Reply Score: 2

RE[6]: Lets get real here
by MOS6510 on Sun 17th Jul 2011 10:57 UTC in reply to "RE[5]: Lets get real here"
MOS6510 Member since:
2011-05-12

What are you on about? We all know Xerox inspired Apple. Simple consumers don't know, nor do they claim Apple invented the GUI nor do they care.

The people you keep insulting just claim Apple took an idea, that was not their own, and improved it. They did this with the GUI, the media player, the tablet computer.

What other companies do is notice Apple being on to something and copying that. Samsung even copied more than most. But you seem to defend those companies based on the fact that Apple went to Xerox for inspiration.

Software patents are a different story, they are beyond the point of insane silliness. I don't think you should be able to patent those. Nor should there be companies that do nothing but keep patents in a safe and sue other companies or even individual people.

Reply Score: 1

RE[7]: Lets get real here
by vitae on Sun 17th Jul 2011 11:23 UTC in reply to "RE[6]: Lets get real here"
vitae Member since:
2006-02-20

He's simply tired of listening to preaching by Apple fanatics, much as most of us in here are. Again, there are plenty of Mac forums where you all can blow sunshine up Steve Jobs' ...and attribute all kinds of legendary deeds to him, but this ain't one of them.

But if you happen to go back to the Mac forums and tell them all that OSnews hates Apple, be sure to mention that everybody and everything gets bashed in here at one point or another.

Reply Score: 4

RE[7]: Lets get real here
by Thom_Holwerda on Sun 17th Jul 2011 11:24 UTC in reply to "RE[6]: Lets get real here"
Thom_Holwerda Member since:
2005-06-29

What other companies do is notice Apple being on to something and copying that. Samsung even copied more than most. But you seem to defend those companies based on the fact that Apple went to Xerox for inspiration.


No, I defend those companies because Apple has not had an original, new idea in its entire existence. Apple is very good at taking existing work, and making that better and marketable. So, Android took a few cues from iOS - nobody is denying that - but the fact of the matter is that Apple, itself, just builds upon everything else. It is the natural order of things, the way we progress, as a species. What Apple and Microsoft are currently trying to do is make sure newcomers do not get to steal and copy ideas in the same way Apple and MS did back in the '80s. This is unfair.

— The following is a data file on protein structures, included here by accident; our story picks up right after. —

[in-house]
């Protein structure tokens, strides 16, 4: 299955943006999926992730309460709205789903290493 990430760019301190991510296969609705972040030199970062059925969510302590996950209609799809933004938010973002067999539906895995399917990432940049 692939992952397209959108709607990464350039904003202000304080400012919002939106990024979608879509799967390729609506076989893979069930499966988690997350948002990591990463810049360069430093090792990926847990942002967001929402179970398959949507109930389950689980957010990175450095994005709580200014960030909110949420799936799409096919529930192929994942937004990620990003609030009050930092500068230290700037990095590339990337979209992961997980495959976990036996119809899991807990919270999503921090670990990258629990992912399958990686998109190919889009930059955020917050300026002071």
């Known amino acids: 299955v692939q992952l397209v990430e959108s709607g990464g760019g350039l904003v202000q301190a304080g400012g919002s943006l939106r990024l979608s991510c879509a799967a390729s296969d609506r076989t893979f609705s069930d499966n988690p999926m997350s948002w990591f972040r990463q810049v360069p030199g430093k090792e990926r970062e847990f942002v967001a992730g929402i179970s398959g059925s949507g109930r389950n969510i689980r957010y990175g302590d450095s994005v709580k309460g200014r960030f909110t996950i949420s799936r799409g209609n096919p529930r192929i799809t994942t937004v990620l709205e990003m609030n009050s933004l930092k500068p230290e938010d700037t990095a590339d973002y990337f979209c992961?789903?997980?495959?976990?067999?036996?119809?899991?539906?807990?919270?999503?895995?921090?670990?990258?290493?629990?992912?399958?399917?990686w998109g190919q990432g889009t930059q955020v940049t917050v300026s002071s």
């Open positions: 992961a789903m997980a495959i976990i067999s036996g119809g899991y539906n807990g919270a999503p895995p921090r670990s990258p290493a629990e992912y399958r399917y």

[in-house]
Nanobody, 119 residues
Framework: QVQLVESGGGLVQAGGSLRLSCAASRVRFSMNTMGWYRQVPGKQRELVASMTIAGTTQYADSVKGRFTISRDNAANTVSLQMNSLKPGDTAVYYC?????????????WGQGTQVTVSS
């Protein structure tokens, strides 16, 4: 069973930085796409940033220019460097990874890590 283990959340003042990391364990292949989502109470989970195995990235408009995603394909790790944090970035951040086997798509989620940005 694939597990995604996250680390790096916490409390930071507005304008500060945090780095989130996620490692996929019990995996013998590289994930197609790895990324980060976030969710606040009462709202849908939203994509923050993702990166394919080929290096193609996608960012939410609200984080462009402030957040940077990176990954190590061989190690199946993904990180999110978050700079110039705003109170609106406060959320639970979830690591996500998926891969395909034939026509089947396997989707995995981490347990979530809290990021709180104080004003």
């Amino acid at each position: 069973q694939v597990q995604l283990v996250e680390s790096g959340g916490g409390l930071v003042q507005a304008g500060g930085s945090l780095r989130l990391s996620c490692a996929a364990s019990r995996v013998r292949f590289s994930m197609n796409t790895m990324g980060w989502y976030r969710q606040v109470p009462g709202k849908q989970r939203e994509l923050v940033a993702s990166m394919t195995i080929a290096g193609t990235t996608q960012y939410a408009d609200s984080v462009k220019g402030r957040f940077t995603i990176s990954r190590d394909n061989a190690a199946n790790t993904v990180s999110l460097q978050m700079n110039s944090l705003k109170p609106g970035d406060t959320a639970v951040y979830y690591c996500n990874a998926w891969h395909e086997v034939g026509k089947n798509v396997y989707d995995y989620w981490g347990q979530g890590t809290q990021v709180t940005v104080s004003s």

The notion that Apple invented the GUI - or most of it, anyway, as Tony Swash is claiming - is such an utterly idiotic notion that I'm surprised it's propagated. Nothing about the original Macintosh' UI - save for the trash can and the iconic Mac menu bar atop the screen - was new. Everything else existed before it, mostly in NLS and Star, although the Smalltalk window system and Tajo (both projects within PARC from the '70s) introduced many concepts as well.

We can all agree on the fact that the Macintosh was the first marketable graphical user environment, and that it had a great impact on the marketplace. However, its development took place in conjunction with the first Amiga and GEM, which were released only a few months after. This means that at least THREE different companies were working on marketable GUIs - which all three became successful, I might add - independently, at the same time. Two of them did not even have access to Xerox - so they had a whole lot less to work with than Apple did.

This puts the original Macintosh in a whole different, more humble light. The Amiga alone was MILES AND MILES ahead of the original Mac, and developed in the same time frame. Just like Apple, Digital Research and Commodore were improving on the research work done by Engelbart and Xerox, and in the case of Commodore, produced a machine far more advanced and sophisticated than Apple could.

Unlike some others here, I have no undying allegiance to any one company (except Be), and thus, it riles me up greatly when people talk about the original Mac as it if was the first GUI, as if it introduced boatloads of new concepts - which dismisses the fact that nearly everything in the original Mac was taken from somewhere else, and the fact that several others were coming up with similar machines in the exact same time frame.

The Mac was revolutionary not in and of itself - but because of what it did to the market. The same goes for the iPhone.

Edited 2011-07-17 11:25 UTC

Reply Score: 3

RE[6]: Lets get real here
by molnarcs on Sun 17th Jul 2011 11:17 UTC in reply to "RE[5]: Lets get real here"
molnarcs Member since:
2005-09-10